newsletter #30: self-restraint
re: relinquishing & reinstating.
Hello reader. How are you doing today? I’m happy to report that many of you enjoyed the Good Children interview, which made me smile. This week, I’m coming to you with some thoughts on self-imposed restraints and how I’ve been incorporating (and in other ways, removing) said restraints in my life as of late. I hope at the very least, you find the following interesting or relatable. Here we go.
(TW: Mention of ED.)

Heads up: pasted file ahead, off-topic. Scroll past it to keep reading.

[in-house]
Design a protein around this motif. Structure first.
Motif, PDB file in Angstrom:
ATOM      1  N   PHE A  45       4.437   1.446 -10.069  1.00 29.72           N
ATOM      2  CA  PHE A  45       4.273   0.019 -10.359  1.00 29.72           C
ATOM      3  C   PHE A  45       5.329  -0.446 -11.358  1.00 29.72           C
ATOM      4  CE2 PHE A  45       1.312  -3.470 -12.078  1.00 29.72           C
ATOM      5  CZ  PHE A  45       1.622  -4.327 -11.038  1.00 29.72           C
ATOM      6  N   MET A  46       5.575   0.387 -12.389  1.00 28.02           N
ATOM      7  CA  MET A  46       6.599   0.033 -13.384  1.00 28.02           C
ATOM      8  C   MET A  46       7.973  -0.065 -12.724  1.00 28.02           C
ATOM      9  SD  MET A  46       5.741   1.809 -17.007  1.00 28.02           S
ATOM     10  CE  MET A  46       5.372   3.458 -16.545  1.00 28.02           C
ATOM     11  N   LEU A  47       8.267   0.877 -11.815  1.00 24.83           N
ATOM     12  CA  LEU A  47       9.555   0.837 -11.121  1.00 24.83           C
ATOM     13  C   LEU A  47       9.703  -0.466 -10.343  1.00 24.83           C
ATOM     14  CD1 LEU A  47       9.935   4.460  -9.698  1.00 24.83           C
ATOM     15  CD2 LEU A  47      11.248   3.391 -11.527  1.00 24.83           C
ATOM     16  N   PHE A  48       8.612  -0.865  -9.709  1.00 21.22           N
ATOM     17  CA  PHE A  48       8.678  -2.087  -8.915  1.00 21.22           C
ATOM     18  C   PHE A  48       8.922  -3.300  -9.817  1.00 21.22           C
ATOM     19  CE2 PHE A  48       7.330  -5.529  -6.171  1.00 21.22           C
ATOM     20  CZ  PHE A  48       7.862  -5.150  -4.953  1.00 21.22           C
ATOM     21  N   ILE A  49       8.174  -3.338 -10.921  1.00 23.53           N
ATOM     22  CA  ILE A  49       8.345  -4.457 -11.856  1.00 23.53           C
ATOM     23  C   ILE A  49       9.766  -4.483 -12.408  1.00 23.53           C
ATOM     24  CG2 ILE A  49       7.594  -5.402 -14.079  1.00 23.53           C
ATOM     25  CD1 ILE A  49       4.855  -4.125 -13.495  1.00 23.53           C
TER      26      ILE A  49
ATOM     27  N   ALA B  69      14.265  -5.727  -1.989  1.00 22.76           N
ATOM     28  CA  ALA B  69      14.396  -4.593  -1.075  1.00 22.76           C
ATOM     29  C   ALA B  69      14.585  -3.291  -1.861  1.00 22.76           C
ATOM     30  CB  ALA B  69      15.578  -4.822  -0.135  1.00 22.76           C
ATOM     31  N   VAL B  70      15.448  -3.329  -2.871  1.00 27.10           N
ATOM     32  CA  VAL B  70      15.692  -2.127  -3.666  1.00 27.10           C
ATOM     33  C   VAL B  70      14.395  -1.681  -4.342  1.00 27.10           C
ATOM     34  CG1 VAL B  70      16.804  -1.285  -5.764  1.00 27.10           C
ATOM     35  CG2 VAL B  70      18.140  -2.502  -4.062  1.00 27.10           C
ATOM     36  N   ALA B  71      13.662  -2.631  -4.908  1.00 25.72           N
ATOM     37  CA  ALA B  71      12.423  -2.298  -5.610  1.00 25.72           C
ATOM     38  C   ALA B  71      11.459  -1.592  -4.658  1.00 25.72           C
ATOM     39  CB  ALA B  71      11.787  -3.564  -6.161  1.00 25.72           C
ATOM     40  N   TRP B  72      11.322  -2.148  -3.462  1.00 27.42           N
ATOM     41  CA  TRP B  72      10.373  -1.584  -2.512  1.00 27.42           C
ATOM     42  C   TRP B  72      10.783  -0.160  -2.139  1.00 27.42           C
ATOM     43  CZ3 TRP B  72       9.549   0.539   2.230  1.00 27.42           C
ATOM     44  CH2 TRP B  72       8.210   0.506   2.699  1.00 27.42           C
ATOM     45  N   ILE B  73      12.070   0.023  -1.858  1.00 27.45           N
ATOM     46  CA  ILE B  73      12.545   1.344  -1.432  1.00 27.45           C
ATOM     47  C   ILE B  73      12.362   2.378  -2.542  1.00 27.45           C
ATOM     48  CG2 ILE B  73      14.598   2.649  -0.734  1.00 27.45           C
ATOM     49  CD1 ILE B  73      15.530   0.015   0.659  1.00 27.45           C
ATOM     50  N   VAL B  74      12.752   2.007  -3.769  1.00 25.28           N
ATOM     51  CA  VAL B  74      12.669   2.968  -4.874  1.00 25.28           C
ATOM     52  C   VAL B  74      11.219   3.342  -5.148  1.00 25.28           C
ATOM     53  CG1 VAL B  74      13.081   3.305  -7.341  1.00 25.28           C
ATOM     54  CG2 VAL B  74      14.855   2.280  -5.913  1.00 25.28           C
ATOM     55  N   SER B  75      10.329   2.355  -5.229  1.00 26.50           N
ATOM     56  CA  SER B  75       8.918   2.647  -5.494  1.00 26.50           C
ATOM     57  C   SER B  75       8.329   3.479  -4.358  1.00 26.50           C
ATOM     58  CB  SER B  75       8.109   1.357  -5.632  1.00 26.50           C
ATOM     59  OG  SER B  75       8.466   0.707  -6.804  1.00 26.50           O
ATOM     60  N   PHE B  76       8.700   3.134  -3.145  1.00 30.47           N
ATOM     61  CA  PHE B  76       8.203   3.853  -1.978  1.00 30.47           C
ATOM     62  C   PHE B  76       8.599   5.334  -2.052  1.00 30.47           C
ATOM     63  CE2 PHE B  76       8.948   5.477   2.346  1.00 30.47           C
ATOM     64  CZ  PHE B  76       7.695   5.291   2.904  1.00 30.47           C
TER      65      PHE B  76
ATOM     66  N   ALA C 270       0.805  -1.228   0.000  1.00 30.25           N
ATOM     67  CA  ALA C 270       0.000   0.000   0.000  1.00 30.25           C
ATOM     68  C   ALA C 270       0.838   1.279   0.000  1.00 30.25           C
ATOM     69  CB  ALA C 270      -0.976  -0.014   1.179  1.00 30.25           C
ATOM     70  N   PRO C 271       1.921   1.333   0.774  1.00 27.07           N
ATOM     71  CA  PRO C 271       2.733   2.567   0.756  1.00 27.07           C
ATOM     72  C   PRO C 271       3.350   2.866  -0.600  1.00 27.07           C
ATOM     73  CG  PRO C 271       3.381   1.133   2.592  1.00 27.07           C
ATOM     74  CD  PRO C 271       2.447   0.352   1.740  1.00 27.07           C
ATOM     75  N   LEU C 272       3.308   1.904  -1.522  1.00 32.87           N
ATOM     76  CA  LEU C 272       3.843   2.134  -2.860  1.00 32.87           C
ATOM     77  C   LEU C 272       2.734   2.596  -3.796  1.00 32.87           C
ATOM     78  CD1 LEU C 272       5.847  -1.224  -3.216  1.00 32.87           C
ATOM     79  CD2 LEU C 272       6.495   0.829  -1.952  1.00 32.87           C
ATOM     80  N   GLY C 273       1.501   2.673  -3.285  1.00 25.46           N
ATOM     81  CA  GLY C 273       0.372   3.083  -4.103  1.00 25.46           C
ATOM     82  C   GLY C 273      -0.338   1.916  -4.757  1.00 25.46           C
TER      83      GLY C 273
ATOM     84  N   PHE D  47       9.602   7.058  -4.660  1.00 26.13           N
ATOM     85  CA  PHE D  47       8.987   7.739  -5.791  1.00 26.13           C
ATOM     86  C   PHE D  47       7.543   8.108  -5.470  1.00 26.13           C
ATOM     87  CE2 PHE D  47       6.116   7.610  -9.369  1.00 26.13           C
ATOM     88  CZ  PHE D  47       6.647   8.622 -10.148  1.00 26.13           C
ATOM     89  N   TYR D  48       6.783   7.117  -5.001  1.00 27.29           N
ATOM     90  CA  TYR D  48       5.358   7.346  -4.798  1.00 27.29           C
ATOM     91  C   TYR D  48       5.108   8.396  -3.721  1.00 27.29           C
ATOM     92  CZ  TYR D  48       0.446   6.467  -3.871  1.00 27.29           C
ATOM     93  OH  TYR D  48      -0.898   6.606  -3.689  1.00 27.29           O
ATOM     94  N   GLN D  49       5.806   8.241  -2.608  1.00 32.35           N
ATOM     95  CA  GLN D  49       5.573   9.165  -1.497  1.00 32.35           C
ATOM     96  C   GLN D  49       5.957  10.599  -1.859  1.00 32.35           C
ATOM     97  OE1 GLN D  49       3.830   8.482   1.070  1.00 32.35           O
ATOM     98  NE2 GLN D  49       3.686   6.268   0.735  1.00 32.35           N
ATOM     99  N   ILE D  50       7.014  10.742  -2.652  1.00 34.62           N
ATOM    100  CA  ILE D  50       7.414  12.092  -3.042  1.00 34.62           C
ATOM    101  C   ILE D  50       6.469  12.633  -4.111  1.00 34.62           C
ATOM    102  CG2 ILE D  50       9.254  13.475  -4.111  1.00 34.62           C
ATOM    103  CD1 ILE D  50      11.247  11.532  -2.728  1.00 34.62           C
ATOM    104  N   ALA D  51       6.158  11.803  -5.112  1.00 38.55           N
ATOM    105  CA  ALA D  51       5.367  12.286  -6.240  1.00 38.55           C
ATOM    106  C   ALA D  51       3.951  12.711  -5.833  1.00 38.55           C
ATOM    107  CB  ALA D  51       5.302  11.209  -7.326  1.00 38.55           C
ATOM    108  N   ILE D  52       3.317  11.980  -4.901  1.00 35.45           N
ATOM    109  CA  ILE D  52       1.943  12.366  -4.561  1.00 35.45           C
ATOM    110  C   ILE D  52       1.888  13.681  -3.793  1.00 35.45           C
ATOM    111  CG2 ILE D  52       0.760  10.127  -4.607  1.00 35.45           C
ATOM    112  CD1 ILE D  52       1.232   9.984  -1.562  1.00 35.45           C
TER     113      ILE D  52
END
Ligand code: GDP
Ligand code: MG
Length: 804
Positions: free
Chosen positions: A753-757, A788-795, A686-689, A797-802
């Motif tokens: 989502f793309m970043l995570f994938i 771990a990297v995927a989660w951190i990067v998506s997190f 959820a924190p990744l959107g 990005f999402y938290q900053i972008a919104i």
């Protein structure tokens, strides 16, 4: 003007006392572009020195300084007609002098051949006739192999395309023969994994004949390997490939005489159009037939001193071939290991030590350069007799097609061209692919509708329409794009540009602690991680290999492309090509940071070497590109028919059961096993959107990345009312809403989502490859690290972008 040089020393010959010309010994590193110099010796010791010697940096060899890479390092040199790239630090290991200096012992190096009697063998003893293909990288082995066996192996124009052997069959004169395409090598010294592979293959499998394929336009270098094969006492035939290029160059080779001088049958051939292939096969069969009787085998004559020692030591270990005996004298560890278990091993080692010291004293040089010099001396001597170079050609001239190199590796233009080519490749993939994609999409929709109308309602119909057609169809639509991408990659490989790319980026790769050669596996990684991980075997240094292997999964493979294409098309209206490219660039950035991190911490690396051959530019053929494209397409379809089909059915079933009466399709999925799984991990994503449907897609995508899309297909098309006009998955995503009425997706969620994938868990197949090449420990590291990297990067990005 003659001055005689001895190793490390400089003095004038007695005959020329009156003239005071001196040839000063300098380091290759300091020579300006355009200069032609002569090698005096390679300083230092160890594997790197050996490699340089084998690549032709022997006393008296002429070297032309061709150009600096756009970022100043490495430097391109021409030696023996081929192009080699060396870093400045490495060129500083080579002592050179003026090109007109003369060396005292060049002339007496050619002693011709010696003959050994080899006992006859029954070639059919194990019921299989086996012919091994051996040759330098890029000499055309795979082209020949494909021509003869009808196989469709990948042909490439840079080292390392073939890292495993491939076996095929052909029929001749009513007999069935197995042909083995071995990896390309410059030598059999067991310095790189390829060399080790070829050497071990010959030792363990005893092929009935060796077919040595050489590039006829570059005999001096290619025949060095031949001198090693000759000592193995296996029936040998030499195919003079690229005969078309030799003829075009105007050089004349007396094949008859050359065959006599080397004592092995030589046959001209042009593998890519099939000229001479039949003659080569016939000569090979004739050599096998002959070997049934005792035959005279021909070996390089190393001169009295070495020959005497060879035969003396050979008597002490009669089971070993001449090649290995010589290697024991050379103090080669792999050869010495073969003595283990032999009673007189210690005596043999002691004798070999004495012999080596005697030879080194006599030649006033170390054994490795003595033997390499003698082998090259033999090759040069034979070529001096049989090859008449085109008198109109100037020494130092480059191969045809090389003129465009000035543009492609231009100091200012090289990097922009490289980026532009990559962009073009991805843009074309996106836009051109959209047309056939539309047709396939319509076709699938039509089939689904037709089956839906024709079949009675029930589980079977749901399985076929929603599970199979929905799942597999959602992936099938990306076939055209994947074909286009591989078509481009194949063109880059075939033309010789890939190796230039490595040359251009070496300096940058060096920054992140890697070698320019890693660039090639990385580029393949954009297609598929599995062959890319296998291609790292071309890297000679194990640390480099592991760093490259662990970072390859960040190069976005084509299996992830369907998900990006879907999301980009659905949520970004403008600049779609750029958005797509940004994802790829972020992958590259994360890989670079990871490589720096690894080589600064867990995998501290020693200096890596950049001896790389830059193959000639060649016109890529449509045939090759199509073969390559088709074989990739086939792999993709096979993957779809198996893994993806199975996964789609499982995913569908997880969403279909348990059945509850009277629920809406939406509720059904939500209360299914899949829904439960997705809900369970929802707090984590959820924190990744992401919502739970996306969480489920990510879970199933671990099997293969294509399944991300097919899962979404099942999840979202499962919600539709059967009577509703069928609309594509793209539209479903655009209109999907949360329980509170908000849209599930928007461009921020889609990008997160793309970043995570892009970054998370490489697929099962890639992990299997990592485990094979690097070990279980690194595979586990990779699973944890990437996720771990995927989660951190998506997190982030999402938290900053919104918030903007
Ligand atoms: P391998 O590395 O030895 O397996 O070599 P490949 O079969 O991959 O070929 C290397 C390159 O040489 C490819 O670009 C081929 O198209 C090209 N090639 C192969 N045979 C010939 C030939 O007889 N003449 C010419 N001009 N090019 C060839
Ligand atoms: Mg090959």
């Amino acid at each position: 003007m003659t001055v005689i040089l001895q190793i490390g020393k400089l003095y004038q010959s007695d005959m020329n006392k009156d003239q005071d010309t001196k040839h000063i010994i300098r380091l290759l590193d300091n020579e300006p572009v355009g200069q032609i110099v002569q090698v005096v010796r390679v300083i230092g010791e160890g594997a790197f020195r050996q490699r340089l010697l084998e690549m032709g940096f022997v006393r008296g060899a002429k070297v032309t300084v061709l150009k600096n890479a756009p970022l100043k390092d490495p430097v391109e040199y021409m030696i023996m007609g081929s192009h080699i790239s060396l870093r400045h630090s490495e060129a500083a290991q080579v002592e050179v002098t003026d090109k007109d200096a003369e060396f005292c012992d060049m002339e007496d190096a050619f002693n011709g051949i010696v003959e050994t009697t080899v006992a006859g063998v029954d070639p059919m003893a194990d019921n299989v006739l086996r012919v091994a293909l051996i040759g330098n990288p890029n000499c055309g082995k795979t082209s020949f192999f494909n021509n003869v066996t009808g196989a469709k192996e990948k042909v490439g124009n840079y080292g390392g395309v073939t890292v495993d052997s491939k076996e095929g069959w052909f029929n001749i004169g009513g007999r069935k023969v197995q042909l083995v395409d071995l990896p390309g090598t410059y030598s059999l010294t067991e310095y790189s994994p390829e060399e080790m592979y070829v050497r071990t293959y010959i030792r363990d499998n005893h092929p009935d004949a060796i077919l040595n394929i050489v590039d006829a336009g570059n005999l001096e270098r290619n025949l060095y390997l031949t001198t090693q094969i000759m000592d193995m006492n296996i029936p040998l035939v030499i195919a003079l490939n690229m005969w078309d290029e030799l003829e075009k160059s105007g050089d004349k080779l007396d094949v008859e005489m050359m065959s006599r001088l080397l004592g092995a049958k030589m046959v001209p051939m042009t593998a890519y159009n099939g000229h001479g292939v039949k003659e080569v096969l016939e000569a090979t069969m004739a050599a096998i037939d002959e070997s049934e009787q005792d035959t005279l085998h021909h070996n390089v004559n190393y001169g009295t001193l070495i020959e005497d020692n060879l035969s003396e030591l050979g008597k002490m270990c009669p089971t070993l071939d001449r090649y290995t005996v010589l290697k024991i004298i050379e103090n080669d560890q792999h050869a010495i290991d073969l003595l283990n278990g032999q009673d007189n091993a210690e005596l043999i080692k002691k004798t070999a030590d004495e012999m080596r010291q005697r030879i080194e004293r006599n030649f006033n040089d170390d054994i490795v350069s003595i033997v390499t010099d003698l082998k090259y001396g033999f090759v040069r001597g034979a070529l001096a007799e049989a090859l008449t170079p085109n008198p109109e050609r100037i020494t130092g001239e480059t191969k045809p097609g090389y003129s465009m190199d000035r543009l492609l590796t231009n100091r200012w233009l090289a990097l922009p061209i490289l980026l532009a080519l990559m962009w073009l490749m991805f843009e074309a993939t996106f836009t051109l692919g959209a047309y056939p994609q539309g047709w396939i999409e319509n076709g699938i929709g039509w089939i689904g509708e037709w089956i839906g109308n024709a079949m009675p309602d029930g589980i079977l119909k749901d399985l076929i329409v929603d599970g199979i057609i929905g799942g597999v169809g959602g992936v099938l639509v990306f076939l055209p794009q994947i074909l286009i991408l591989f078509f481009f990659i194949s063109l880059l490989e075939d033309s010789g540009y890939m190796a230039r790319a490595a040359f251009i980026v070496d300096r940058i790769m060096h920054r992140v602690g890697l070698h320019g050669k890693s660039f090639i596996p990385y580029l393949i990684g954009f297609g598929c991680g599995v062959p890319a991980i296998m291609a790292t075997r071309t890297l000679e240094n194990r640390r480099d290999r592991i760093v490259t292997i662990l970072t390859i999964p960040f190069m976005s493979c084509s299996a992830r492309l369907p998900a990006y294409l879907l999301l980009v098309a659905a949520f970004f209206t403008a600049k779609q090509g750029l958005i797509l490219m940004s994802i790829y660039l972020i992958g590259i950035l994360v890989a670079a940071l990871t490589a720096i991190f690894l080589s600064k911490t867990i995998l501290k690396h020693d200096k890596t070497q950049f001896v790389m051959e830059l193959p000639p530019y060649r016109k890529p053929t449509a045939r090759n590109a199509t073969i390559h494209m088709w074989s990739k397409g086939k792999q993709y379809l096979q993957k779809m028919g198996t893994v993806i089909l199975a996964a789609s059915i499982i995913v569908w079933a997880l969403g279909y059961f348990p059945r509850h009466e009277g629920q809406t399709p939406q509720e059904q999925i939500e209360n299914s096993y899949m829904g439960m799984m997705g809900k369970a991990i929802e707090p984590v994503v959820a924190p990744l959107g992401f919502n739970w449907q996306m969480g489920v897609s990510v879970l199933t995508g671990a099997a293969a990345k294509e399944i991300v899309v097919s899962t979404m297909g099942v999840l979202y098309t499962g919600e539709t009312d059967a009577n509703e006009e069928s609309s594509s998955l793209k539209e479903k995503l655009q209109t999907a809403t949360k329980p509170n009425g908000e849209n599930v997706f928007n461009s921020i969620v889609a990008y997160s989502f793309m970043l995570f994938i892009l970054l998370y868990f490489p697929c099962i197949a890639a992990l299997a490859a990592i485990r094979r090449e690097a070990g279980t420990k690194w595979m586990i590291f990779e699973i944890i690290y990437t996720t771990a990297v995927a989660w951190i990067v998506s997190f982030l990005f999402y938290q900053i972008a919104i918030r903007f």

Not sure if I have mentioned this to you before but: I decided to take the month of September largely “off.” I accepted work here and there — rent and bills still exist — but for the most part, I decided it was time to allow myself true respite to figure out how, in a perfect world, I’d like to structure my days and pursue what “I love.” As someone who has spent much of her life working toward the next big “goal,” this felt uncomfortable at first but, within a week or so, I slowly settled into leisure and exploration. How could I not? I’d start my mornings with kissing my boyfriend goodbye as he left for work, then reading a book in bed while I sipped my iced coffee, the cup’s condensation making dark, damp marks on my sheets, crunching toast and cutting into runny eggs, leaving crumbs for the ants. I’d then get dressed, slowly, mechanically and, in no particular order, make my way to the following: a park bench, a coffee shop, and the library, letting myself float about my neighborhood, writing here and there, ink stains finding their way onto my unpolished fingertips, letting the oily napkins from my morning croissant tumble around in my tote bag. I’d type pitch ideas into my notes app as I popped in and out of local stores, read books on the clanging subway cars, escaped into articles, and just generally existed — sending out this newsletter as a means for letting everyone know that I am in fact alive and well. I’d end my days with a run, a way to cleanse myself and let my mind go numb, and I’d come home with delicious, aching muscles and the mental euphoria of a long-winded, lengthy cardiovascular sweat, the 7:30 PM sunset signaling the arrival of a brisk autumn.